Bankers skirt rule on advisory roles

PUBLISHED : Monday, 12 April, 2010, 12:00am
UPDATED : Monday, 03 October, 2016, 5:52pm

The government may have a rule limiting its advisers to membership of six boards or statutory bodies so they do not take on more work than they can handle, but two busy bankers have found time to sign up for seven apiece.

They are among more than 3,600 non-official members of more than 400 advisory bodies set up by the government to help it form policy and make decisions in different areas.

Strictly speaking, the bankers - Benjamin Hung Pi-cheng, chief executive of Standard Chartered Bank (Hong Kong), and Patrick Ma Ching-hang, a director and general manager of Tai Sang Bank - are not breaking the 'six-board rule' laid down in a review in 2003.

This is because one each of their appointments was made not by the government but by organisations of which they are members, or as a result of positions they hold in those bodies.

The number of people in breach - technically or otherwise - of the rule has plunged since 2004, the year after it was introduced, when 45 were over the limit.

But the number breaching another aspect of the rule - that no one should serve on a board for more than six years - has steadily climbed to 222 people last year from 185 the year before.

The Home Affairs Bureau said that as a general guideline, a person should be appointed to no more than six committees, but members nominated by organisations in relevant policy areas and ex-officio members of a board were not counted.

A bureau spokesman said the appointing authority also needed to ensure that they chose the most suitable individuals. 'The relevant bureaus or departments may, on occasions, consider it necessary and appropriate to make an exception to the 'six-board rule' for the bodies under their purview,' the spokesman said.

Neither Hung nor Ma could not be reached for comment.

Hung was appointed by the government to six boards, including the Hospital Authority, the Airport Authority, the Exchange Fund Advisory Committee and the Council for Sustainable Development. He also serves on the Banking Advisory Committee as a 'representative' member.

Ma has been appointed to six boards, including the Hospital Authority, the Elderly Commission and the Legal Aid Services Council. He also serves on the Tung Wah Group of Hospitals Advisory Board as an 'ex-officio' member in the capacity of immediate past chairman.

Again, Ma has not flouted the 'six-board rule' because his membership of the advisory board is not counted as a government appointment.

Home Affairs Bureau records show that in December 3,663 people were holding 5,735 government- appointed, non-official seats on 433 advisory and statutory bodies. At the end of March, 15 people were serving on six committees, including a security adviser and a social worker.

Alex Leung Wai-hung, an engineer, was appointed by the government to two advisory and statutory bodies while serving on another three boards as a 'representative' member, nominated by relevant organisations. He is also serving on two subcommittees formed under two boards.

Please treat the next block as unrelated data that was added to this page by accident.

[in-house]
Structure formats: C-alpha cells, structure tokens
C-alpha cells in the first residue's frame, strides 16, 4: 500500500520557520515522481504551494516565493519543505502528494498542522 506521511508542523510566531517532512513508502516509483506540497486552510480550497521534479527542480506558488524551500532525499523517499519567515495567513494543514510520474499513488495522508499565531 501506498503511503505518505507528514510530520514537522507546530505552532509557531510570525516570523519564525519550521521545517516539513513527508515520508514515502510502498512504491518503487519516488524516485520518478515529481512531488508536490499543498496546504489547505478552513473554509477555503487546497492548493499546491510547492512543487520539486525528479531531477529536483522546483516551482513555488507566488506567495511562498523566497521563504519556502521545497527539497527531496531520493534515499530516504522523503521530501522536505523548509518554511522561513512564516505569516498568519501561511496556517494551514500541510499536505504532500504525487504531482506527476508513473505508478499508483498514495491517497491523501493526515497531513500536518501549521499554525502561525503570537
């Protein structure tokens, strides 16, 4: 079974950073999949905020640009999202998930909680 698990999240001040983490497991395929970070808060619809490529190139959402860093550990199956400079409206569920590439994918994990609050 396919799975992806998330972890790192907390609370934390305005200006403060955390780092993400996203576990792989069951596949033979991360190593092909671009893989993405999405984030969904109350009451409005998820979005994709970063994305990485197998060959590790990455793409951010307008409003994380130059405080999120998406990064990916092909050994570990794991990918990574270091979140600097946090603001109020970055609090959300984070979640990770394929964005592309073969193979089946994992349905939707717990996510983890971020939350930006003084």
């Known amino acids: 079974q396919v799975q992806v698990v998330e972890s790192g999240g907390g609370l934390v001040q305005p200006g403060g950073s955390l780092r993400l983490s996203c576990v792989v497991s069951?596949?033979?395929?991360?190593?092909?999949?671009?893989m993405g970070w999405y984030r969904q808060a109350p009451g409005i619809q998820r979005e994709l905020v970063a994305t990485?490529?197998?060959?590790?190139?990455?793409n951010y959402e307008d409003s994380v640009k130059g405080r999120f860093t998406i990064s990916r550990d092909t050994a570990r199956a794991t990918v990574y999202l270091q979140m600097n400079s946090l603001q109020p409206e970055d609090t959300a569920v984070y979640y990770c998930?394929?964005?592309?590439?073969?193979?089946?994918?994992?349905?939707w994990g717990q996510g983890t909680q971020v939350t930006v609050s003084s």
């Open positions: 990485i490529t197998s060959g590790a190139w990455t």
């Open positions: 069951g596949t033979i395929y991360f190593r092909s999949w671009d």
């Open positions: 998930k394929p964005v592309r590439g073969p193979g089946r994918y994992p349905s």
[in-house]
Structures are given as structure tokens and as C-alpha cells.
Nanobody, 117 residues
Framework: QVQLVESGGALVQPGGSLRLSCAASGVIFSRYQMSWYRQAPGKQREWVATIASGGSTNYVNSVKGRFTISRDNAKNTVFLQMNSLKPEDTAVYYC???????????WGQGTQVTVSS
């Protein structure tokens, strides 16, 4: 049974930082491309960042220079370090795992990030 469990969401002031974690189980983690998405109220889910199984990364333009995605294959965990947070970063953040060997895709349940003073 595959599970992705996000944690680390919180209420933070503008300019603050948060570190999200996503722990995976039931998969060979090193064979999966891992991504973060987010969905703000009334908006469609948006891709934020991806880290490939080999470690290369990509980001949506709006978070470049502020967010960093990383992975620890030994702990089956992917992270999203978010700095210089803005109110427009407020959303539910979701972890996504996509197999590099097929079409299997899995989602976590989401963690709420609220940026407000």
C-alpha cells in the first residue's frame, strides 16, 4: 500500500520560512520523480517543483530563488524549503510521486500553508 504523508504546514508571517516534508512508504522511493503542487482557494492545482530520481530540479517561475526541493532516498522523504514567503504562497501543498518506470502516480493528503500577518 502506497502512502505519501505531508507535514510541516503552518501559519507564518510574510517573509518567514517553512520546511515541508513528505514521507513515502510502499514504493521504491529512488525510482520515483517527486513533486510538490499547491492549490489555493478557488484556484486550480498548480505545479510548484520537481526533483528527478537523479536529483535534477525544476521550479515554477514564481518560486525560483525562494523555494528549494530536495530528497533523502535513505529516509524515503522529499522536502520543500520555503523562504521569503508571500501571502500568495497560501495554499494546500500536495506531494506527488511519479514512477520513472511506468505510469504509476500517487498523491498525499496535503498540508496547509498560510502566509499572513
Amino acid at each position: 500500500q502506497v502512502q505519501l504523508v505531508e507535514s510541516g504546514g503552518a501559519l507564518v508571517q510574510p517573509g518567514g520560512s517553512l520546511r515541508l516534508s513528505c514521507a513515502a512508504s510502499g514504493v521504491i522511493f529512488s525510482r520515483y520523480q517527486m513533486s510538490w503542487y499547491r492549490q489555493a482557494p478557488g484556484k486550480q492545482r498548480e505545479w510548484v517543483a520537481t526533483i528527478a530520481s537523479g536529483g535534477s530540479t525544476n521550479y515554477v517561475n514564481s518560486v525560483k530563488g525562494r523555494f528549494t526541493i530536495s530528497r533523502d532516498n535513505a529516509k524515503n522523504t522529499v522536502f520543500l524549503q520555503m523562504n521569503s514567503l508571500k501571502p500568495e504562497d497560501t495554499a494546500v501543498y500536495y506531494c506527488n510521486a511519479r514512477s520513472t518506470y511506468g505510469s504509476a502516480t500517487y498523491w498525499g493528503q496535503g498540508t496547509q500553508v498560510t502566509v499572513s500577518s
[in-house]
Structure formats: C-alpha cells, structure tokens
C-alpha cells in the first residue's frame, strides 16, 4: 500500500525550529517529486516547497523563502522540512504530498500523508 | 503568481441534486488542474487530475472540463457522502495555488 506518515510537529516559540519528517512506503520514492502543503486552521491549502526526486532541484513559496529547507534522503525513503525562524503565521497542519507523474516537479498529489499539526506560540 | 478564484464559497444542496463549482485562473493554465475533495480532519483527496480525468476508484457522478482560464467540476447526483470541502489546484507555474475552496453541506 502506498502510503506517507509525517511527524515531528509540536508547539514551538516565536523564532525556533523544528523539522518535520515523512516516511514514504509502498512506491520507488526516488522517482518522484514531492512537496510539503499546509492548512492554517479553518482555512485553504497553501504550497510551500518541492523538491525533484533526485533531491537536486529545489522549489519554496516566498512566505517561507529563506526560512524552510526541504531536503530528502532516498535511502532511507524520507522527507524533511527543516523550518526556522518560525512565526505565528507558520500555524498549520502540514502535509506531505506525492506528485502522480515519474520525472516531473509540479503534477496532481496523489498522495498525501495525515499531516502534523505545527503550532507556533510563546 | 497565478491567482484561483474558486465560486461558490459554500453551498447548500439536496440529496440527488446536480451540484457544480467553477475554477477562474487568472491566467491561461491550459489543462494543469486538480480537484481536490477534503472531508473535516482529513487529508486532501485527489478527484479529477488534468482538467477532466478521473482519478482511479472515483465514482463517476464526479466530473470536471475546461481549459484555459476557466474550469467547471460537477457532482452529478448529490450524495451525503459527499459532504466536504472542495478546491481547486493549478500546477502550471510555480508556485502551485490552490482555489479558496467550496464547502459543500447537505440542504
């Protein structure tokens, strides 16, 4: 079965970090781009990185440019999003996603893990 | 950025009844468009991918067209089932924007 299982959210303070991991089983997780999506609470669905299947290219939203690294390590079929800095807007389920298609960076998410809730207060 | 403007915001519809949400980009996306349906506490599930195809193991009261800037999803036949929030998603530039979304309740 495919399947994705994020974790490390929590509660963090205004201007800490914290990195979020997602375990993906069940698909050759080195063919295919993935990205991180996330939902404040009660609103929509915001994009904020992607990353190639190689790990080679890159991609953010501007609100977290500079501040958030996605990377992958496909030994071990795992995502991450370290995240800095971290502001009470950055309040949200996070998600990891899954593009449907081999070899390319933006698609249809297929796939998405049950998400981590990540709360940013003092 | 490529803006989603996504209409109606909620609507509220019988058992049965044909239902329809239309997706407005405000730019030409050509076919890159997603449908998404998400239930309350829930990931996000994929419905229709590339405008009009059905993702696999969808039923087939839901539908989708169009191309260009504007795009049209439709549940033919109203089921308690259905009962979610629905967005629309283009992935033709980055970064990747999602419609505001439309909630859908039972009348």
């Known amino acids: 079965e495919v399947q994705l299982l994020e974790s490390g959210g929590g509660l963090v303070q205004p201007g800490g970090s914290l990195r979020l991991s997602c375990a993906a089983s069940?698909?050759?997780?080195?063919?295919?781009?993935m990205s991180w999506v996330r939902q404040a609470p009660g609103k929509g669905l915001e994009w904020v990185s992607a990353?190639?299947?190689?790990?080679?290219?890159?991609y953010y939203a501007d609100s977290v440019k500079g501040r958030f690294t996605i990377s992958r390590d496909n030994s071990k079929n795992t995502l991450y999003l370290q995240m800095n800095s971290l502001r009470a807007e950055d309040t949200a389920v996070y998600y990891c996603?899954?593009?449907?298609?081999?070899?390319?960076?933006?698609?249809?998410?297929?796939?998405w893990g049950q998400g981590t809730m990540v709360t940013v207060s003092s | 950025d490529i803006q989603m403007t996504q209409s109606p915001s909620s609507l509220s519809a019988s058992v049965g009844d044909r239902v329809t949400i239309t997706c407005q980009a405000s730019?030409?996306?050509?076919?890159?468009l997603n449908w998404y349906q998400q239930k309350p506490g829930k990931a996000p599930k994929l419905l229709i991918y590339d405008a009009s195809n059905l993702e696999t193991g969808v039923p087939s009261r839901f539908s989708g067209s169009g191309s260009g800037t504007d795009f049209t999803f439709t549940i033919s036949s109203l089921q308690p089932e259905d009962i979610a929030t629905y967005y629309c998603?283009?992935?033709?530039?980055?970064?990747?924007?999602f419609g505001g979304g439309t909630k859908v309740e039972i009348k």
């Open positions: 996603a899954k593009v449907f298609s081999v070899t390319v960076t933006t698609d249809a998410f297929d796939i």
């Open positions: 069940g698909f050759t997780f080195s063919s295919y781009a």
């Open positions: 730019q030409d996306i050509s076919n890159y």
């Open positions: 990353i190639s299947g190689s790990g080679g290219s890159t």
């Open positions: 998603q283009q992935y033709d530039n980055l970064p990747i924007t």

Tsang Man-biu, an architect, was appointed by the administration to two bodies while serving on another two boards as a representative nominated by relevant organisations. He also sits on three subcommittees formed under two bodies to which he has been appointed.

Carolin Fong Suet-yuen, an architect, was appointed to two boards while serving on another body as a 'representative' member. She is also serving on three subcommittees formed under two bodies to which she has been appointed.

Fong said the workload of some bodies was not heavy, as they met only a few times a year.

A bureau spokesman said subcommittees were also not counted against the 'six-board rule'.

At the end of March, another 15 people were serving on six advisory and statutory bodies. They include Dr Joseph Lee Kok-long, legislator representing health services; Dr Ng Cho-nam, associate professor of geography at the University of Hong Kong; Stephen Yau How-boa, chief executive of International Social Service (Hong Kong); and Betty Ho Siu-fong, a town planner and director of the Conservancy Association.

Democratic Party vice-chairwoman Emily Lau Wai-hing said the reliance on a handful of people for their service on advisory bodies indicated there was only a tiny pool of talent trusted by the administration. 'I doubt whether those people serving on six or seven boards are able to handle their work,' she said.

Lau, who has been urging the government to review the operation of advisory bodies, also criticised it for making a 'tricky' interpretation of the 'six-board rule' by not counting 'representative' and ex-officio members.

As of December, more than 27 per cent of the 5,735 appointed non-official posts were taken by women, compared with 27.5 per cent in 2008.

Of the appointees to the 433 statutory bodies, about 16 per cent are from the education sector and 15 per cent from the legal sector.

About 1 per cent of appointees are directors of six major property companies, including Cheung Kong (Holdings) and Sun Hung Kai Properties. Victor Li Tzar-kuoi, Li Ka-shing's eldest son, is the busiest scion of the city's tycoons, serving on four advisory bodies.

Joseph Lee said he spent about a quarter of his time devoted to community service on work relating to the six boards. 'In the past few years, six or seven meetings of these boards clashed with Legco meetings. In these circumstances, I gave priority to Legco meetings.'

Lee said he found the workload arising from serving on six boards was still manageable. 'But I think serving on six bodies is the maximum number a person can afford,' he said.

Additional reporting by Tanna Chong